I was surprised to learn that a snap can be thought of as a kind of container (‘containerized’ application). This excellent phrase crystallized some things about snaps that confused me (e.g. snap run). I’d guess I’m not the only user who seems to have missed the memo. Perhaps you might want to harvest some of the thinking in the wiki and “promote it” to the tutorials, starting with the sandbox design. A snap history with design decisions along the way would also be educational.
Some distributions compile SELinux into their kernels but have it disabled during boot while others compile both SELinux and AppArmor into their kernels and choose one, the other or none to enable on boot (since without LSM stacking, only one may be enabled at boot) and it is all of these systems where SELinux is not enabled that I was referring to. Specifically, these distributions could choose to compile AppArmor into their kernels (since without LSM stacking, both may be compiled in, but only one enabled) and let users/distro snapd packaging decide whether or not to adjust the kernel command line to turn on AppArmor at boot. IIRC, Arch does this today (@mborzecki, please correct me). Other distributions like Debian, SUSE and Ubuntu go one step further to compile both SELinux and AppArmor into the kernel and turn on AppArmor by default.
Fedora, RHEL and CentOS choose to compile SELinux into the kernel and enable it during boot. This would mean that if say Fedora started to compile AppArmor into the kernel, people would need to turn off SELinux and turn on AppArmor for strict mode snaps to work. LSM stacking makes this problem go away by allowing the distribution to choose its primary LSM, with secondary LSMs being ‘stacked’. In this manner, snapd the service on Fedora might be confined by SELinux (as it is today) but the application sandboxing policy snapd sets up would be for AppArmor. snapd/snap-confine would understand this and be able to launch snaps under enforcing AppArmor policy while the rest of the system is under SELinux restrictive mode. LSM stacking is also interesting because it allows container managers to launch containers with a different LSM (eg, think Ubuntu on RHEL or CentOS on Ubuntu) and for SELinux/SMACK systems to stack on themselves (ie, RHEL on RHEL with different host and container policies; AppArmor has allowed stacking on itself for quite some time, which is why today you can have strict mode snaps in LXD containers).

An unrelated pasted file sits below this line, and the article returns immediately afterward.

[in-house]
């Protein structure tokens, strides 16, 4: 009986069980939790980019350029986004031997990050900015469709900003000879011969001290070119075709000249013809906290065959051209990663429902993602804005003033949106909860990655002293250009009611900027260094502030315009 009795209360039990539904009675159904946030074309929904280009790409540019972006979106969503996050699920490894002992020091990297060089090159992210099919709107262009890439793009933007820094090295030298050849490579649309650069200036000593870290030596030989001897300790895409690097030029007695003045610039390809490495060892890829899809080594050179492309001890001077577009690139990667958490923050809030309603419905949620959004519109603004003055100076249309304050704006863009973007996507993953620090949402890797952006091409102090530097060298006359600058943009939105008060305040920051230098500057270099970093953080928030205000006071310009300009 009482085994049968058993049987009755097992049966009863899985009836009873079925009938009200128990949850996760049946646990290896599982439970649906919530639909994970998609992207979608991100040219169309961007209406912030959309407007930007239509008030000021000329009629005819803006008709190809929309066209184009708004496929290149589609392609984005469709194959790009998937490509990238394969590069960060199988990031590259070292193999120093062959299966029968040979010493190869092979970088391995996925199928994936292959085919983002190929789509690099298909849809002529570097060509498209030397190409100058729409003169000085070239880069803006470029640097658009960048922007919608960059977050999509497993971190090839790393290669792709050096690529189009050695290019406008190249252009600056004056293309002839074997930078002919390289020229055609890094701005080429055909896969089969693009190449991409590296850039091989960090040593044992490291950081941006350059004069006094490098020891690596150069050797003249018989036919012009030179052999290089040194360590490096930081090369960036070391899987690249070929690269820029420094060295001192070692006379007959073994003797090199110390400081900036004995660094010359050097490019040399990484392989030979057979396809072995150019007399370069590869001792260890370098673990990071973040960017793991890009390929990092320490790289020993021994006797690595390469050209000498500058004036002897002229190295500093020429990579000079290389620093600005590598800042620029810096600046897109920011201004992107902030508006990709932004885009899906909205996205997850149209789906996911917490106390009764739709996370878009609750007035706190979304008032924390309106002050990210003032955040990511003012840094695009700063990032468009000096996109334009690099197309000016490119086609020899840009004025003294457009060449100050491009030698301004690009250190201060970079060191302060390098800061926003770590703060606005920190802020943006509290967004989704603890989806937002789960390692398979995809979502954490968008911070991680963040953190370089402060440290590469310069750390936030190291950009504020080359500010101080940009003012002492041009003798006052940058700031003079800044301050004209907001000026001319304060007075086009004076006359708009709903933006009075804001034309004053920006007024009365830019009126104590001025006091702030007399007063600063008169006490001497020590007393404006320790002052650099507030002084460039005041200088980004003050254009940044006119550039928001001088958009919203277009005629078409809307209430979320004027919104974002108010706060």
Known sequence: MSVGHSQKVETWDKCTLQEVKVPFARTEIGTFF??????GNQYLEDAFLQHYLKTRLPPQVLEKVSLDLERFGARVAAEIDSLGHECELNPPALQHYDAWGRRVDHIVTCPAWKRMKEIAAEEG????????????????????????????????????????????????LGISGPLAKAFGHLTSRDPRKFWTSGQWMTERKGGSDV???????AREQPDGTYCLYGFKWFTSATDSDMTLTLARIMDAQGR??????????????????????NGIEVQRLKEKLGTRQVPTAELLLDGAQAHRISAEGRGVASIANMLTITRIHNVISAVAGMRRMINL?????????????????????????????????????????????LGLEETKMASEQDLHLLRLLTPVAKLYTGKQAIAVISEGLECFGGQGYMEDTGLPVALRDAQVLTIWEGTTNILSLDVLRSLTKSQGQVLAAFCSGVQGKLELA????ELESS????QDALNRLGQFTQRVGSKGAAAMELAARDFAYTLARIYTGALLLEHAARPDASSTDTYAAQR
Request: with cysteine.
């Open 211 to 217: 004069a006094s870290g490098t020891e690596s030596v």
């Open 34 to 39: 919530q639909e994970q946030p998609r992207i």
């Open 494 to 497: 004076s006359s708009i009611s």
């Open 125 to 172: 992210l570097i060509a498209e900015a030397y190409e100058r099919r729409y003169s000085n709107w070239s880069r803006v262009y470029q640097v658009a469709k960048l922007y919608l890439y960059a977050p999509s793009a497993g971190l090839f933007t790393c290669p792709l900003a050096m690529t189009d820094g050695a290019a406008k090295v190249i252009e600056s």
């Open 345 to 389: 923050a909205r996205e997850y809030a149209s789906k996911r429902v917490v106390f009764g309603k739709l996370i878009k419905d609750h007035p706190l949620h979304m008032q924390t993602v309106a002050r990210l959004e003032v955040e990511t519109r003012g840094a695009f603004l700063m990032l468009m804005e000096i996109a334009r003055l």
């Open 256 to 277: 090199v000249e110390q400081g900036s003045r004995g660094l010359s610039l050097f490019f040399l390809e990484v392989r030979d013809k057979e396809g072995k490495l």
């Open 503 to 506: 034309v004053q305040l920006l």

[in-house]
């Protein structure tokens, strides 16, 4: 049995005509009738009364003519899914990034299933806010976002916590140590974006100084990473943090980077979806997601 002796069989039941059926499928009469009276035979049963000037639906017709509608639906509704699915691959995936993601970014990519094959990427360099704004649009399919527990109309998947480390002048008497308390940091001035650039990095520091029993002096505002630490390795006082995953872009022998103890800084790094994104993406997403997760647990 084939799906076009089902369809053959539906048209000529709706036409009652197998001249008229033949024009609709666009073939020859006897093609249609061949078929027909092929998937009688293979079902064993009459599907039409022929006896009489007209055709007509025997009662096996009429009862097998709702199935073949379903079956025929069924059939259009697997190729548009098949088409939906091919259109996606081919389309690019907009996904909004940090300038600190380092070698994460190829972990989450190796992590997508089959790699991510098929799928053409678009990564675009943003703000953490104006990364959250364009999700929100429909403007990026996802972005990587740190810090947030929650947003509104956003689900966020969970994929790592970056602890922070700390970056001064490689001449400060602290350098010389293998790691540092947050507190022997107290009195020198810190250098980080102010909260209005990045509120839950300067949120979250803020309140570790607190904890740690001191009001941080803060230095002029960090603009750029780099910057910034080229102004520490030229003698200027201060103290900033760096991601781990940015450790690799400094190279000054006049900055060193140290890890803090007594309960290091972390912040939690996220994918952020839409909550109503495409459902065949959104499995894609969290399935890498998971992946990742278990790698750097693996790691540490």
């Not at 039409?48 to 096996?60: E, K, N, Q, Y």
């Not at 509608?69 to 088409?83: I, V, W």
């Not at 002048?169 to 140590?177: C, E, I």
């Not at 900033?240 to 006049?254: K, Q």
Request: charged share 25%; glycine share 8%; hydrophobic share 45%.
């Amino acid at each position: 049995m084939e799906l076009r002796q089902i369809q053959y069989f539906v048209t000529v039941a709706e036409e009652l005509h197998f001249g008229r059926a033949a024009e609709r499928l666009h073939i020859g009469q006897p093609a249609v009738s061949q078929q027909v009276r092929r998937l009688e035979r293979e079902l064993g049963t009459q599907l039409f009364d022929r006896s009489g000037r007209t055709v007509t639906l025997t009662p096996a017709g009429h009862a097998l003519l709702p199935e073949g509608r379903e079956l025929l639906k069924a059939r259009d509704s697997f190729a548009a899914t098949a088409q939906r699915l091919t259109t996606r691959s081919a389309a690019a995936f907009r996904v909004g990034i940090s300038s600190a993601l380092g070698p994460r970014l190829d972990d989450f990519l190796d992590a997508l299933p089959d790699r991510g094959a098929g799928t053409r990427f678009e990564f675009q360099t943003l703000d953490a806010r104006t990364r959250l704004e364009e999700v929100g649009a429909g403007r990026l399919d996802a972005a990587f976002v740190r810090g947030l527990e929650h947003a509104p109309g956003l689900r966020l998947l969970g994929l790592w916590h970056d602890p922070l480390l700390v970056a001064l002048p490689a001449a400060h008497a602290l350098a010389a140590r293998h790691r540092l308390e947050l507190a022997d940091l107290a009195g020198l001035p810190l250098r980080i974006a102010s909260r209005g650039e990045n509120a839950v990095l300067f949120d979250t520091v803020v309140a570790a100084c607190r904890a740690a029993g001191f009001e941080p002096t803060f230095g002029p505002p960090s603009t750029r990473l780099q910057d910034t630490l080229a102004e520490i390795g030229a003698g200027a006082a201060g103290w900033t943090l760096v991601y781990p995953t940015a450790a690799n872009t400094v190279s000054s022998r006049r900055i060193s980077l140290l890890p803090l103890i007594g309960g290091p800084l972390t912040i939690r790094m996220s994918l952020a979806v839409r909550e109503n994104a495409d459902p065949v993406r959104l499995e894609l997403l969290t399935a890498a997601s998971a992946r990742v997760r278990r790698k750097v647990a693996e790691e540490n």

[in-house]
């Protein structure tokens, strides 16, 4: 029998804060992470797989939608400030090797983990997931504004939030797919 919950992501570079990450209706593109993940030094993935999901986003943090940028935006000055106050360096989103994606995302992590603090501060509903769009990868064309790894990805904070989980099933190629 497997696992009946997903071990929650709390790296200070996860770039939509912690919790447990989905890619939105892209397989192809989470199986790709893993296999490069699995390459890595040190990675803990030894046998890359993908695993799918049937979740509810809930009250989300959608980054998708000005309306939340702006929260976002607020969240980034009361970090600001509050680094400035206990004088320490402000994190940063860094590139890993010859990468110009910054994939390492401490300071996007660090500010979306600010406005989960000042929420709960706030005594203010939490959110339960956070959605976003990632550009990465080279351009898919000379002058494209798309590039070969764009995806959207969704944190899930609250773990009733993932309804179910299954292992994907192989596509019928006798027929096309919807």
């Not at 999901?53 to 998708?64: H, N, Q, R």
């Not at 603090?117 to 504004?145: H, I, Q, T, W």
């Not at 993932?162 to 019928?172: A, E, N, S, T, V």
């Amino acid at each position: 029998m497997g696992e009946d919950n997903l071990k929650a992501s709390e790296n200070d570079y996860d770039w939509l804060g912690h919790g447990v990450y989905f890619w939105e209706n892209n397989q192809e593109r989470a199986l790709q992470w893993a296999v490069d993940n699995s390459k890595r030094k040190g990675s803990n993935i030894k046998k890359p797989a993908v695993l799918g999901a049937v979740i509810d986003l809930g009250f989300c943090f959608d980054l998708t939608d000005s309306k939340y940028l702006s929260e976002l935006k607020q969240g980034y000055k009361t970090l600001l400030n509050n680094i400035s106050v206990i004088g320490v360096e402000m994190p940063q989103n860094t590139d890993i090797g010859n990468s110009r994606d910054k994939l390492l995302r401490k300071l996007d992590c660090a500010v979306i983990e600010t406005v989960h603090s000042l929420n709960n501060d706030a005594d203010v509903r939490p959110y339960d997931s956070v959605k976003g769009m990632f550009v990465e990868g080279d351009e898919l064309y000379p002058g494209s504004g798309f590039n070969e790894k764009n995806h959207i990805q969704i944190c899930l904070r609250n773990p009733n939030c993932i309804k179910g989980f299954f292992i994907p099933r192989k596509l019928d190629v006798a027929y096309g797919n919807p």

It is difficult to pin down. The feature has been in development for years (led by the SMACK LSM maintainer) with varying levels of interest depending on the year. It’s a massive feature that was broken up into many parts and many of the preliminary parts have already been upstreamed. AIUI, we are up to the 17th iteration of the patchset covering the remaining functionality. Currently there is renewed interest among the major LSMs and things are moving forward again. Ubuntu carries the LSM stacking patchset as a technology preview for people interested in trying it out.
Do note that AF_UNIX mediation in AppArmor does not strictly depend on LSM stacking landing, but many of the remaining questions wrt LSM stacking deal with the network stack which affects AF_UNIX. It is theoretically possible to land AF_UNIX ahead of LSM stacking, but we’d like to at least have many of the LSM stacking network questions answered (even if not committed) before submitting it since we would not want to redo the patchset later (or have it NAKd out of hand if it were deemed incompatible with a future LSM stacking feature).